Read Crysis: Escalation Online

Authors: Gavin G. Smith

Crysis: Escalation

BOOK: Crysis: Escalation






Crysis: Escalation





















To Dyanne & Tobias Heason and the Saturday Club who taught me some of the things within these pages.











Title page



Chance – Part 1

The Cult



Daimyo (a fragment)


The Goat

A Foreign Country

Chance – Part 2




Also by Gavin Smith






Chance – Part 1





Airfield, CELL cobalt mining support depot, upper Podkamennaya Tunguska River, Krasnoyarsk Krai, Siberia, Russian Federation, 2025

Walker tried to blink away the tears. Many of the other CELL “security personnel” wouldn’t make the call to their partners before a big op. They felt it was
bad luck. Before CELL Walker had been in 2 Para, running patrols into the LCZ during some of the worst of the London troubles. He had seen the people who made the calls and the people who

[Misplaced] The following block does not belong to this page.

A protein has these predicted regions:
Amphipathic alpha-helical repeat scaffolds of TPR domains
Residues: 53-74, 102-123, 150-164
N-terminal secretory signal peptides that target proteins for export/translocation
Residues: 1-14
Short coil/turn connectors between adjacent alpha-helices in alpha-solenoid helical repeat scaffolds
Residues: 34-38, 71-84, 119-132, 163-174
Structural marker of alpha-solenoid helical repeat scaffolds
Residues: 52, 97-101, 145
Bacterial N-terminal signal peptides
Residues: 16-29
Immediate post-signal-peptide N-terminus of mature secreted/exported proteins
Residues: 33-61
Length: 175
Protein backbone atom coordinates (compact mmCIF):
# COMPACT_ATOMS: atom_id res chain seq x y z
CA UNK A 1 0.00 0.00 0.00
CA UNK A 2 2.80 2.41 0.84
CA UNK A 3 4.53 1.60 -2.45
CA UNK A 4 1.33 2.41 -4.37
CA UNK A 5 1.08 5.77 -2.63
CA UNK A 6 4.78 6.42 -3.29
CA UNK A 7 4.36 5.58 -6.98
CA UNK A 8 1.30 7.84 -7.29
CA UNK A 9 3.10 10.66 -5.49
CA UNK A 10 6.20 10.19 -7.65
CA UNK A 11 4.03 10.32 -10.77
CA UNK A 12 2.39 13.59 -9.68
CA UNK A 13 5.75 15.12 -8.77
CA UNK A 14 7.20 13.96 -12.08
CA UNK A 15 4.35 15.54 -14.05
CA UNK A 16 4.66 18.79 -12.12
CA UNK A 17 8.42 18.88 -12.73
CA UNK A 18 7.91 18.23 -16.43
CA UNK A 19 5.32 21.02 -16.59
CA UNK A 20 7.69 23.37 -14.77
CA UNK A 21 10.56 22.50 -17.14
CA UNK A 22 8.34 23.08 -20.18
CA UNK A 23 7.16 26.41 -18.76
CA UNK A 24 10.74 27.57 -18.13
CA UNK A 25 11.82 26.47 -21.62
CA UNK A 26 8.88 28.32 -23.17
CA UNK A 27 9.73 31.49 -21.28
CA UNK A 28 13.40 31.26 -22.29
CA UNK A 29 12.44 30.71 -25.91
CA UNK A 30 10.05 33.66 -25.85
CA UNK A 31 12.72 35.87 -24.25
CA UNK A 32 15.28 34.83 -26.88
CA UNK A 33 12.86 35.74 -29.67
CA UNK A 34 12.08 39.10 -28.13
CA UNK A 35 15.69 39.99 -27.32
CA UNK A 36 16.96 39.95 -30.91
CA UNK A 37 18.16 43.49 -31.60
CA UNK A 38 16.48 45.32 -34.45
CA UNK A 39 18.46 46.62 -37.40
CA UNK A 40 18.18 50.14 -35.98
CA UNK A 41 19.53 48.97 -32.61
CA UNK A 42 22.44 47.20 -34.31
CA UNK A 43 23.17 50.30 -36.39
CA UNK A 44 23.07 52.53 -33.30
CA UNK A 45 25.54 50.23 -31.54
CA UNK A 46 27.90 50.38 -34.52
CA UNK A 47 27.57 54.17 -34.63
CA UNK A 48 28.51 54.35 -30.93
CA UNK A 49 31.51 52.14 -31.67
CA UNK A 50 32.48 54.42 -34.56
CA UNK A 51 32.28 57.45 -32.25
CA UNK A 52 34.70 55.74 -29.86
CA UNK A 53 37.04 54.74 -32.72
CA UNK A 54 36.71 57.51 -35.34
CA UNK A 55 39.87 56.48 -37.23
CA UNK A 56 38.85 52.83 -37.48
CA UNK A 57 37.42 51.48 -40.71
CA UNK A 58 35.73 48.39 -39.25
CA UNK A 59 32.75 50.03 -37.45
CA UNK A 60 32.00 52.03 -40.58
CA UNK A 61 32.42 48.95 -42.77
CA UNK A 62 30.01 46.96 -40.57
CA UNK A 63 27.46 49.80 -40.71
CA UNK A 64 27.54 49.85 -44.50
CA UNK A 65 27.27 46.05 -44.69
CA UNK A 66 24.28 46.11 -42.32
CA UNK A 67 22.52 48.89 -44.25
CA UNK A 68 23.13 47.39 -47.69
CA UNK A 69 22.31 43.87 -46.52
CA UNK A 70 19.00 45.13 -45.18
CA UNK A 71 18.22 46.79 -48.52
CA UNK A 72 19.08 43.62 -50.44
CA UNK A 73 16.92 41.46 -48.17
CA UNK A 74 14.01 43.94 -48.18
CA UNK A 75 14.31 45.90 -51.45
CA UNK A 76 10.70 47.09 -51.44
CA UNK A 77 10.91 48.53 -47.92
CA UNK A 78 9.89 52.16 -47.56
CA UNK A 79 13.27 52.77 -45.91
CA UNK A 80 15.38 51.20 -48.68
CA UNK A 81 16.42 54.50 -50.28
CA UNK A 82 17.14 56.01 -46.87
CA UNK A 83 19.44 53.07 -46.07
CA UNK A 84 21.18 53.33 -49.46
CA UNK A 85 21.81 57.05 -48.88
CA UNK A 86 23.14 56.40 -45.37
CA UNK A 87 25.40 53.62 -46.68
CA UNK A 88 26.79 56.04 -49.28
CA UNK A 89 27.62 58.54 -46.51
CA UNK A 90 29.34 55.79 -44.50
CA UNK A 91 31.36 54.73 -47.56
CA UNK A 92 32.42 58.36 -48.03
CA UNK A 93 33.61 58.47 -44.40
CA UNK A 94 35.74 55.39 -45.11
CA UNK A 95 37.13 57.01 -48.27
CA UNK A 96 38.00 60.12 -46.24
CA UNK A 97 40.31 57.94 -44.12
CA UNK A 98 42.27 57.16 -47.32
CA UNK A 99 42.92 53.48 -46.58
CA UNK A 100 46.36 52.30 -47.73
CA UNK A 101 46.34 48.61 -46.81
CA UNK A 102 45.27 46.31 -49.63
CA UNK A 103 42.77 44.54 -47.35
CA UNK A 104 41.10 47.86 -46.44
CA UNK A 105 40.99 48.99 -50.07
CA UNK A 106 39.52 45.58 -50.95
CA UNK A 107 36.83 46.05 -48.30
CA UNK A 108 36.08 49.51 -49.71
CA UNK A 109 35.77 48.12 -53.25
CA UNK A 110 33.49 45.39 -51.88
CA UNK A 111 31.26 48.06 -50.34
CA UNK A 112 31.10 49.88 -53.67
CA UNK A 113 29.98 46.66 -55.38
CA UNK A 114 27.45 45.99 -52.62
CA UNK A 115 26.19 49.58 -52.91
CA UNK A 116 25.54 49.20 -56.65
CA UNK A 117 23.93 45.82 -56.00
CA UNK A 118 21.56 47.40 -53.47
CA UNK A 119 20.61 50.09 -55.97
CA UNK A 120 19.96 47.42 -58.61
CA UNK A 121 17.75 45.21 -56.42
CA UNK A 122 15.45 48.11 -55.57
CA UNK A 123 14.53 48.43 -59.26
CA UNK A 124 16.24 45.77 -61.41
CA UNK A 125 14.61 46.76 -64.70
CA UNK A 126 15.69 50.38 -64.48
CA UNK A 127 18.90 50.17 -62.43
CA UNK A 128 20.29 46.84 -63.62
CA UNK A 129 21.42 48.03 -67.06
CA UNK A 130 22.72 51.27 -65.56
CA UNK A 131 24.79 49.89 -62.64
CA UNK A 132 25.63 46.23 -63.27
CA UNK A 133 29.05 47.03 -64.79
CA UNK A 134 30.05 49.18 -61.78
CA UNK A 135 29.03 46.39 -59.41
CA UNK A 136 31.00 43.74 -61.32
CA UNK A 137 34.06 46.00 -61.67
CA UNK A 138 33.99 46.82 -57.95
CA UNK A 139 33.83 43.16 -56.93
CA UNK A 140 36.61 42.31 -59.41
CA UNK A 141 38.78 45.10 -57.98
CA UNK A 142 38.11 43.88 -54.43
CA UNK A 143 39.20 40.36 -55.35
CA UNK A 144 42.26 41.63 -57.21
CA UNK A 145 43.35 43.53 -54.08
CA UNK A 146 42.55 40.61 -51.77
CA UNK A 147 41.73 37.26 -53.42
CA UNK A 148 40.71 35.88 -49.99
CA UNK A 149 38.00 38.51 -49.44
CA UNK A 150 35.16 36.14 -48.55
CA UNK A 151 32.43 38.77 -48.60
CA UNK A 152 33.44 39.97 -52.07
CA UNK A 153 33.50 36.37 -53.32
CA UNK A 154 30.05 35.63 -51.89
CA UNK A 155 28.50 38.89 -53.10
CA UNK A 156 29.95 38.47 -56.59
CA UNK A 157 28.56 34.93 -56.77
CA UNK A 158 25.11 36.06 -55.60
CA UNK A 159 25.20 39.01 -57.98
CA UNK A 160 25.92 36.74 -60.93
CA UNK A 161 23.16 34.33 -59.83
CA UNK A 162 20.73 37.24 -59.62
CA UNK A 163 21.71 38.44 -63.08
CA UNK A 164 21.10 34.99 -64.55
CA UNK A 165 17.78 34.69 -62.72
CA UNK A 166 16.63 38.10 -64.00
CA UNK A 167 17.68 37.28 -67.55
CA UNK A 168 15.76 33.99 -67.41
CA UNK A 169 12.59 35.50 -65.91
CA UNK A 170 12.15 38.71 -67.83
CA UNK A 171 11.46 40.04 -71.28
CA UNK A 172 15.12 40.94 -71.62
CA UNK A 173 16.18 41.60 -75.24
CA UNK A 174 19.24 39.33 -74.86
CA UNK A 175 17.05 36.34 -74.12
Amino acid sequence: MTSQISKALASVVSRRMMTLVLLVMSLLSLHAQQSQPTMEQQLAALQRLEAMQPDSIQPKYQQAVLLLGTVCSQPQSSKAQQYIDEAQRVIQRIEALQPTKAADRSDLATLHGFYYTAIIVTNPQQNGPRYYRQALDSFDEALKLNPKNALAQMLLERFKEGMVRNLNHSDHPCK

didn’t get killed in equal number. He wanted it fixed and strong in his mind why he had to survive each op.

‘I know I shouldn’t, I know you just need to hear that we love you and miss you. I know anything else just messes with your head, but we need you back.’ Carlotta was crying
and, sensing her mother’s distress Elsa, just six months old, started crying as well.

Walker squeezed his eyes closed, a tear running down his cheek. Outside the comms booth there was a long queue of hard men and women waiting their turn to use the Macronet portal, despite the
shitty reception and the constantly frizzing images. That didn’t matter, this was his two minutes, nobody would get in his face about that. Just like nobody would comment on the tears. It was
the unspoken rule. They’d all be the same.

Walker’s eyes opened as his girlfriend and child shimmered momentarily and then solidified.

‘I’m due leave soon and I’ll be back . . .’ his Birmingham accent was still thick, despite years away from the West Midlands of Britain.

‘Do you know when your tenure’s up?’ Carlotta asked. Walker had effectively been drafted into CELL for non-payment of their energy bill. He’d been labouring when they